single frame: Lafayette Theater

Lafayette Theater

Lafayette Theater
Olympus XA
Agfa Vista 200

Main Street in Lafayette, Indiana, is where the old Lafayette Road ends. It begins near downtown Indianapolis, and has since at least the 1830s brought travelers between these two Indiana cities.

If you’ve never walked this, Lafayette’s main drag, do. It’s a remarkable little downtown, much nicer than most Indiana cities of its size and history. Sure, you will find much nicer downtowns in Carmel and Fishers. But they are Johnny-come-latelys to the city scene, having grown large enough only in recent years to be considered cities (under Indiana law). And they are what they are only because of their proximity to Indianapolis. Lafayette was founded in 1825 and thrived without being any other city’s bedroom community. It has withstood the dramatic economic changes that have faced Indiana cities while remaining lovely and interesting.

If you’d like to get more of my photography in your inbox or reader, click here to subscribe.



8 responses to “single frame: Lafayette Theater”

  1. Roger Meade Avatar
    Roger Meade

    Many years ago, back in the 60’s, I visited Lafayette from Detroit via the Wabash RR. I was a young railfan who wanted to photograph Monon’s new Alco Century 628 locomotives. They were huge brutes in gold paint with black trim. I arrived late in the evening and took a room in a downtown hotel right on the main drag. Slow to get moving the next morning, I was startled by an unmistakable rumble- a freight train was coming down the street and would pass right below my room. I threw on some clothes and grabbed my camera (Mamiyaflex C3) and ran down the steps to the outside entrance just in time to look straight at three of the monsters passing within a few feet of the hotel. I got off one blurred going away shot, and that was the only time I saw those big Alco’s (American Locomotive Co.). After breakfast I went to the Monon shops and was given a guided tour by the Monon Road Foreman of Engines there. I got a lot of nice shots in the shops and outside, of lots of other Monon diesels, but no more Century power. That afternoon I rode the Monon’s “Thoroughbred” passenger train from Lafayette to Chicago. It was a very enjoyable trip with the one disapointment of not getting any good shots of those big engines- but I have never forgotten seeing them up close, rumbling down a city street with a long freight train in tow. I imagine the tracks are long gone from that street now. I can’t imagine the frustration of drivers trying to cross town with a long train in front of their route, and the RR probably had regular trouble with people parking foul of the track, because “they don’t actually run trains here, do they”?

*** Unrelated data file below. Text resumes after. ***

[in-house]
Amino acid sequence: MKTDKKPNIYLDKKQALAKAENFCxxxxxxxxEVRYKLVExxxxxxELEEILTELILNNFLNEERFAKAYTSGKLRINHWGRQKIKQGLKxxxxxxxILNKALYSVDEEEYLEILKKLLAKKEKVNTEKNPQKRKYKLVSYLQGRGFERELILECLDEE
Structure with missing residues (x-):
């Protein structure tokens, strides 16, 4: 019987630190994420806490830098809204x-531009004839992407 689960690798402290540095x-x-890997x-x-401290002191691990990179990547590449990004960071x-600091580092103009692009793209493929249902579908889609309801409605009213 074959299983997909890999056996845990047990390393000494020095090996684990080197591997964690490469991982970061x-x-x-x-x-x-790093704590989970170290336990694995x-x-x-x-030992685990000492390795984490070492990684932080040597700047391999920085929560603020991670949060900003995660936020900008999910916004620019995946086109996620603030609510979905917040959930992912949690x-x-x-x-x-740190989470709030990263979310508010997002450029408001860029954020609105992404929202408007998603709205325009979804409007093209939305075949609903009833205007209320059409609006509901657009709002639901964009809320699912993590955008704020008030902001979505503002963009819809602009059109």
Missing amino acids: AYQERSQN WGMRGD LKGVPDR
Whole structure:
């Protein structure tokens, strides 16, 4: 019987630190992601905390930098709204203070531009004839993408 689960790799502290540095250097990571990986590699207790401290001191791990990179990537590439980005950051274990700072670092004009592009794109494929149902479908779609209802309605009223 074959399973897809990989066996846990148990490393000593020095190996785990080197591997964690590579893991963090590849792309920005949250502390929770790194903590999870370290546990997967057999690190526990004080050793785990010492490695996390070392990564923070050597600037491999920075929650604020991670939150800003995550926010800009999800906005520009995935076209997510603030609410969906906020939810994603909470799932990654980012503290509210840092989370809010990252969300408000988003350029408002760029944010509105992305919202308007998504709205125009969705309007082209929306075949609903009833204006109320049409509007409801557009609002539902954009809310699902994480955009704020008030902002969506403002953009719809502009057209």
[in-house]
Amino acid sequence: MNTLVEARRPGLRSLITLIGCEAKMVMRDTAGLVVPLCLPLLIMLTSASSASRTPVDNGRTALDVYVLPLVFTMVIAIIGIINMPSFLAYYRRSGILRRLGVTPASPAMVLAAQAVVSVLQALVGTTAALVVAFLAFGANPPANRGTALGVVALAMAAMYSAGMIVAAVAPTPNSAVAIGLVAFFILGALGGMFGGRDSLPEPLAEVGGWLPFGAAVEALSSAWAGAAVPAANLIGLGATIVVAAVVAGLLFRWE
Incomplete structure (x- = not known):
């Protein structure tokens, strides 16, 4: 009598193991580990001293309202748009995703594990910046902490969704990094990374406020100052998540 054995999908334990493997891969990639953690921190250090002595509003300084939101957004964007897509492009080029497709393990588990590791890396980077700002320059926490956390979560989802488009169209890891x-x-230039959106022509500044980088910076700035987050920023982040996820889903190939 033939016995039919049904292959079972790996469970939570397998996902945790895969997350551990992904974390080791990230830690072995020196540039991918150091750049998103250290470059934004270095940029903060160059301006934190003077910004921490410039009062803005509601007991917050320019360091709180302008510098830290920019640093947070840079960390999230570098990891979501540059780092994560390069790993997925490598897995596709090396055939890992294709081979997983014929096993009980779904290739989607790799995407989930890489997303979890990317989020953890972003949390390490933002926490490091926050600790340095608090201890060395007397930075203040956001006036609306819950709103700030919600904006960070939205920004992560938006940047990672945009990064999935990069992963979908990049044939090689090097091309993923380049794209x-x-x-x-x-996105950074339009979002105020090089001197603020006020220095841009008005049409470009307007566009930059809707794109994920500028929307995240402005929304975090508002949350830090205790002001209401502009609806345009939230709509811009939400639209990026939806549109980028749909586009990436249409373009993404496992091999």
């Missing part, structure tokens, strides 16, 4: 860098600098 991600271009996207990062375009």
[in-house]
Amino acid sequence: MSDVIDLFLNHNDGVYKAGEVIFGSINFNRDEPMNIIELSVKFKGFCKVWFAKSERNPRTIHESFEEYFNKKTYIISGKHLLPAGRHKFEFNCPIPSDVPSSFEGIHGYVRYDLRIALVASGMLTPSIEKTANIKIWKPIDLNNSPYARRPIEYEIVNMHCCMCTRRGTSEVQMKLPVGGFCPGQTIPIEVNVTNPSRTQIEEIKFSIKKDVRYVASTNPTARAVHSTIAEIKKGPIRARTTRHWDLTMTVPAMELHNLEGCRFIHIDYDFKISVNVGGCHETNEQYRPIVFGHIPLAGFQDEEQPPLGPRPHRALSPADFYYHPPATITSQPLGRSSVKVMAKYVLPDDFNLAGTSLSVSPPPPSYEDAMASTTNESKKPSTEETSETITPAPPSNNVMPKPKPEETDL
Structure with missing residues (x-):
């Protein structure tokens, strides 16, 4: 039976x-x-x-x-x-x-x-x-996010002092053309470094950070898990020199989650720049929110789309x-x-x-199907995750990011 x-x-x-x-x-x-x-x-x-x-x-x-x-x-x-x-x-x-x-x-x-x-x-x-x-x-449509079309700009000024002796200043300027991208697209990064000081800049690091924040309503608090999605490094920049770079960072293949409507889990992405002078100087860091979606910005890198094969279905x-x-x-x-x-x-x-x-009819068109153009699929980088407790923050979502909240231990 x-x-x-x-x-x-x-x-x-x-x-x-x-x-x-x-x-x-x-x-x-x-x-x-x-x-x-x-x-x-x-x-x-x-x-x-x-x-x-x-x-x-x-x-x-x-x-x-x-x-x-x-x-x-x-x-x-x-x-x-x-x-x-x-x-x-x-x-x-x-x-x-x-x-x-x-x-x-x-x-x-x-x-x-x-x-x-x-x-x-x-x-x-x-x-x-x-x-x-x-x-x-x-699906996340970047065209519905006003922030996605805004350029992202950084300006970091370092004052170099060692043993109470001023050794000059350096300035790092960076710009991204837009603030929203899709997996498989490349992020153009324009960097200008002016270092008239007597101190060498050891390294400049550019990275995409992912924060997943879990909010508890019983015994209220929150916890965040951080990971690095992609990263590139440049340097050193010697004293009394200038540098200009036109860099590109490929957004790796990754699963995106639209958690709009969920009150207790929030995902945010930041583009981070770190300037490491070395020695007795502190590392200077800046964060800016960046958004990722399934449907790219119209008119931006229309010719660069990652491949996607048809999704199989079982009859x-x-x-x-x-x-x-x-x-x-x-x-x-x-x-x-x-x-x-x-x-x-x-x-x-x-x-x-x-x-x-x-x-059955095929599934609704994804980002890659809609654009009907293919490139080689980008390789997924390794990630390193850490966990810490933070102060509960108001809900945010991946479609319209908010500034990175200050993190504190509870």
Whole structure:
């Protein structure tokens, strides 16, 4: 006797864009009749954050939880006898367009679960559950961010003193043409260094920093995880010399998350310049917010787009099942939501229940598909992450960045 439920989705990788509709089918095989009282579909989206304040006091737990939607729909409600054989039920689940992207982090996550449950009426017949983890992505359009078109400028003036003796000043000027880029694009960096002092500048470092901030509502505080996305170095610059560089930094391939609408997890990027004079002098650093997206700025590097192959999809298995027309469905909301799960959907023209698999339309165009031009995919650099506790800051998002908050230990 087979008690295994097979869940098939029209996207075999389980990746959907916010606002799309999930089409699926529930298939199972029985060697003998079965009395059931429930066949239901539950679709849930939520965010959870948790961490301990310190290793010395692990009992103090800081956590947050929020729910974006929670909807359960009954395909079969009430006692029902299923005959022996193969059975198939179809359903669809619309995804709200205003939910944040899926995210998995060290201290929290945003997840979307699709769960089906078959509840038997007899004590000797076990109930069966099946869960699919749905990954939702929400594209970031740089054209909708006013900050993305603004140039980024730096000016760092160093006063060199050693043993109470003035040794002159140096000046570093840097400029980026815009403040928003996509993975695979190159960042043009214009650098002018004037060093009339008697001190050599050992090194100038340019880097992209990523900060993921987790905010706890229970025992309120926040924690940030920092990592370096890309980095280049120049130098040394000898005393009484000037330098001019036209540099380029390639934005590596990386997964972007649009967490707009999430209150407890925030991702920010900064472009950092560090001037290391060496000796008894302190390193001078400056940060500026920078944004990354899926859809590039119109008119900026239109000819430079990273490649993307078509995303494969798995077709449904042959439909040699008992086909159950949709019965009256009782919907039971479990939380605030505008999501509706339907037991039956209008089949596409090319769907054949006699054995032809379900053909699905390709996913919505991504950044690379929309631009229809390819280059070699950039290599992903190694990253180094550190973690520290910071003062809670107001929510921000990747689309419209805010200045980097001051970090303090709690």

1. Jim Grey Avatar

      What a great memory.

      I lived in Terre Haute in the 90s, and I swear, every rail line in the universe passes through that town, all with at-grade crossings of the city’s streets. It was a universally accepted reason for being late to work: “I got trained.”

  2. Kif Hurlbut Avatar
    Kif Hurlbut

    I must have walked by this place hundreds of times in the four years I lived in the area and never saw it this way. Very nice.

    1. Jim Grey Avatar

      Well I’m delighted to have given you a new perspective!

  3. dionyb Avatar

    Putting this on my to do list the next time I visit my son at Purdue.

    1. Jim Grey Avatar

      Definitely worth it. I visit my son at Purdue from the south, and I skip I-65 in favor of US 52, so I come in through downtown Lafayette.

  4. Richard Scholl Avatar
    Richard Scholl

    The stability of Lafayette’s downtown has benefited for years from the proximity of Purdue University, especially restaurants, bars and (for many years) movie theaters catering to the students.

    1. Jim Grey Avatar

      Oh, there’s no doubt about that. I wish my hometown of South Bend’s downtown had benefited similarly from having Notre Dame as its neighbor!

Leave a Comment

This site uses Akismet to reduce spam. Learn how your comment data is processed.

%d bloggers like this: